Y is an abstract strategy board game, first described by John Milnor in the early 1950s. The game was independently invented in 1953 by Craige Schensted and Charles Titus. It is a member of the connection game family inhabited by Hex, Havannah, TwixT, and others; it is also an early member in a long line of games Schensted has developed, each game more complex but also more generalized.
Y is typically played on a triangular board with hexagonal spaces; the "official" Y board has three points with five-connectivity instead of six-connectivity, but it is just as playable on a regular triangle. Schensted and Titus' book Mudcrack Y & Poly-Y has a large number of boards for play of Y, all hand-drawn; most of them seem irregular but turn out to be topologically identical to a regular Y board.
As in most games of this type, one player takes the part of Black and one takes the part of White; they place stones on the board one at a time, neither removing nor moving any previously placed stones. The pie rule can be used to mitigate any first-move advantage.
The rules are as follows:
- Players take turns placing one stone of their color on the board.
- Once a player connects all three sides of the board, the game ends and that player wins. The corners count as belonging to both sides of the board to which they are adjacent.
Relation to other connection games
Schensted and Titus argue that Y is a superior game to Hex because Hex can be seen as a subset of Y. Consider a board subdivided by a line of white and black pieces into three sections. The portion of the board at the bottom-right can then be considered a 5×5 Hex board, and played identically. However, this sort of artificial construction on a Y board is extremely uncommon, and the games have different enough tactics (outside of constructed situations) to be considered separate, though related.
Y, like Hex, yields a strong first-player advantage. The standard approach to solving this difficulty is the "pie" rule: one player chooses where the first move will go and the other player then chooses who will be the first player.
Y's chief criticism is that on the standard hexagonal board a player controlling center can easily reach any edge no matter what the other player does. This is because the distance from the center to an edge is only approximately 1/3 the distance along the edge from corner to corner. As a result, defending an edge against a center attack is very difficult.
Schensted and Titus attacked this problem with successive versions of the game board, culminating in the present "official" board with three pentagons inserted among the hexagons. They noted that were players to play on a hemisphere rather than a plane with hexagons, with the equator divided into three "sides" (each 1/3 the circumference of the hemisphere), the distance from the "north pole" of the hemisphere to the equator was 1/4 the circumference, and thus the distance ratio improved from 1/3 to 3/4. This made defending a side from a center attack much more plausible. Thus the present "official" board is essentially a geodesic dome hemisphere squashed flat into a triangle to provide this effect.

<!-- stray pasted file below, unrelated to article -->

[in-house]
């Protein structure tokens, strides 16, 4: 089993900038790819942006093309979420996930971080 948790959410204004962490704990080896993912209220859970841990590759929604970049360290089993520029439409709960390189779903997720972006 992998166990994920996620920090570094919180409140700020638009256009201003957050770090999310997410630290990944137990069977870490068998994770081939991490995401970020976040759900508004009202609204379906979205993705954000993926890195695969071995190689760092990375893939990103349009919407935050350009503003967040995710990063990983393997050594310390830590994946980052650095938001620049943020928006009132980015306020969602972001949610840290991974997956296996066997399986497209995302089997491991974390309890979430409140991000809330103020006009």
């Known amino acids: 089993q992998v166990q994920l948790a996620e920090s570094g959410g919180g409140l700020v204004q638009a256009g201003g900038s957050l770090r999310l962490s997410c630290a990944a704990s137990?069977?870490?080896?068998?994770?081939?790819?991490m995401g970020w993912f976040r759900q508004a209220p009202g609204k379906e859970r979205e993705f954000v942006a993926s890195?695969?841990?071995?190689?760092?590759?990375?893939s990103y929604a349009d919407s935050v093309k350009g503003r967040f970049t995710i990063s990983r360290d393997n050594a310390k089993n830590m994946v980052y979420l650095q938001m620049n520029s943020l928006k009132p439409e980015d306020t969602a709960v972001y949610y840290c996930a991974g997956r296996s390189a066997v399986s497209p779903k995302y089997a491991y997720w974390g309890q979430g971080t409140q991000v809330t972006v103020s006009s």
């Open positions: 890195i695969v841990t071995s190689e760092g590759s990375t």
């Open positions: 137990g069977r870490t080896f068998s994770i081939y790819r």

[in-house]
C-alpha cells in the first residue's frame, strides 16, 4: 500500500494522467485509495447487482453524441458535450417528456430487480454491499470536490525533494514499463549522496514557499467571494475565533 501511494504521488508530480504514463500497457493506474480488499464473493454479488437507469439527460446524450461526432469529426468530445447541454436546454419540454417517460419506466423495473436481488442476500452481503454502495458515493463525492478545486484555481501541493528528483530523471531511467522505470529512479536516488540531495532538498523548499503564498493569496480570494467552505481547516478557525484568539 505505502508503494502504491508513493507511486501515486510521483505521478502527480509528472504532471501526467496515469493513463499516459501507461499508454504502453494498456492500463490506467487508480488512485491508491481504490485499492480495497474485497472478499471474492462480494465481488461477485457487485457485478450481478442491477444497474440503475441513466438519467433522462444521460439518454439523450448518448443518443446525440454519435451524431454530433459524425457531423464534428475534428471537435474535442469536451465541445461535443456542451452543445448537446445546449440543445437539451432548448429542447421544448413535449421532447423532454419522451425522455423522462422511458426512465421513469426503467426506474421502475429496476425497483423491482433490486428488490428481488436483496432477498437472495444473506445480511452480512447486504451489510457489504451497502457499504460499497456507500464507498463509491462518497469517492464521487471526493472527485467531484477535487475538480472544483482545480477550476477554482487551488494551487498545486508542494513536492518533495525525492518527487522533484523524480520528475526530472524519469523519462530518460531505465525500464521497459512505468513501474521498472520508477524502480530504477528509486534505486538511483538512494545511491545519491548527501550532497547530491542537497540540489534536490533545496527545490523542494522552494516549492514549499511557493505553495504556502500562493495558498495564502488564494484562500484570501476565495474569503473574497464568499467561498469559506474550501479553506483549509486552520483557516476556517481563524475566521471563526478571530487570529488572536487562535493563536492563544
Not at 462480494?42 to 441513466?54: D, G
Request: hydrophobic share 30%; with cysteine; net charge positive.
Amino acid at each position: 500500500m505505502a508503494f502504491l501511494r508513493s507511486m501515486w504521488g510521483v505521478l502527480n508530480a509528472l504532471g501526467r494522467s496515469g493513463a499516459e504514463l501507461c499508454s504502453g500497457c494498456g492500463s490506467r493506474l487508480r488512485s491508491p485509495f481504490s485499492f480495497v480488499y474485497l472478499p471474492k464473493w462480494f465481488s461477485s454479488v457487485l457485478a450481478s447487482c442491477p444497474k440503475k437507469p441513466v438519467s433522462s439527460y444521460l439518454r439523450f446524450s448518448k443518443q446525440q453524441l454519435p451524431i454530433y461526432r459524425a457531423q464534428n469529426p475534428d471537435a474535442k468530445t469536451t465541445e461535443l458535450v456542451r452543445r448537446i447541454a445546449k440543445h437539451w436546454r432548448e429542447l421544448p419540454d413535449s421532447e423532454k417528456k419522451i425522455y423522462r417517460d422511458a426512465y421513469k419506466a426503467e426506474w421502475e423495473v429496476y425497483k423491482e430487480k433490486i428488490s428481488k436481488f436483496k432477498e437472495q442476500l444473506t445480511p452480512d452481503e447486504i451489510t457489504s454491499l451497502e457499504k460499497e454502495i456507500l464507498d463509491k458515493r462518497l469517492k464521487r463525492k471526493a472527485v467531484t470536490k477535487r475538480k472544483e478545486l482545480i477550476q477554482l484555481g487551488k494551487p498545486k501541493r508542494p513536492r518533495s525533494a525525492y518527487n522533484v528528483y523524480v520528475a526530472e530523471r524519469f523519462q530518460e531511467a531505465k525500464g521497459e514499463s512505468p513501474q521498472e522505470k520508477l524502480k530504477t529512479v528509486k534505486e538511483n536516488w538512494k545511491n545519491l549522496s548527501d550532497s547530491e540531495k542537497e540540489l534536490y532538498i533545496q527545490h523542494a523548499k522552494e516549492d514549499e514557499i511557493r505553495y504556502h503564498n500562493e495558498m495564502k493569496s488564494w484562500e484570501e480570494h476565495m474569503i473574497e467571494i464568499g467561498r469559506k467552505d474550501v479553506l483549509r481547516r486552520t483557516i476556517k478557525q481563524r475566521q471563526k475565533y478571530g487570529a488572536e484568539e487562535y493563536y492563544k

It has been formally shown that Y cannot end in a draw. That is, once the board is complete there must be one and only one winner.
The first player wins
This section possibly contains original research. (May 2014) (Learn how and when to remove this template message)
In Y the strategy-stealing argument can be applied. It proves that the second player has no winning strategy. The argument is that if the second player had a winning strategy, then the first player could choose a random first move and then pretend that she is the second player and apply the strategy. An important point is that an extra stone on the board is never a disadvantage in Y. Y is a complete and perfect information game in which no draw can be conceived, so there is a winning strategy for one player. The second player has no winning strategy so the first player has one. It is nevertheless possible for the first player to lose by making a sufficiently bad move, since although that stone has value, it may have significantly less value than the second move—an important consideration for understanding the nature of the pie rule.
If the "pie rule" is in force, however, the second player wins, because the second player can in principle evaluate whether or not the first move is a winning move and choose to invoke the pie rule if it is (thereby effectively becoming the first player).
In practice, assuming the pie rule is in force and the official Schensted/Titus board is being used, Y is a very well balanced game giving essentially equal chances for any two players of equal strength. The balance is achieved because the first player will intentionally make a move that is sufficiently "bad" that it is not clear to the second player whether it is a winning move or a losing move. It is up to the judgement of the second player to make this difficult determination and invoke the pie rule accordingly.
- John F. Nash. Some games and machines for playing them. RAND Corporation Report D-1164, February 2, 1952. https://www.rand.org/pubs/documents/D1164.html
- Martin Gardner. 2008. Hexaflexagons, Probability Paradoxes, and the Tower of Hanoi. Cambridge University Press. Page 87.
- Donald Knuth. 2011. The Art of Computer Programming, Volume 4A. Addison-Wesley. Page 547.
- Craige Schensted. "A Bit of History". In The Game of Y (Game Manual). Kadon Enterprises Inc.
- Y Can't End in a Draw
- Browne, Cameron. Hex Strategy: Making the Right Connections. ISBN 1-56881-117-9
- Schensted, Craige and Titus, Charles. Mudcrack Y & Poly-Y.
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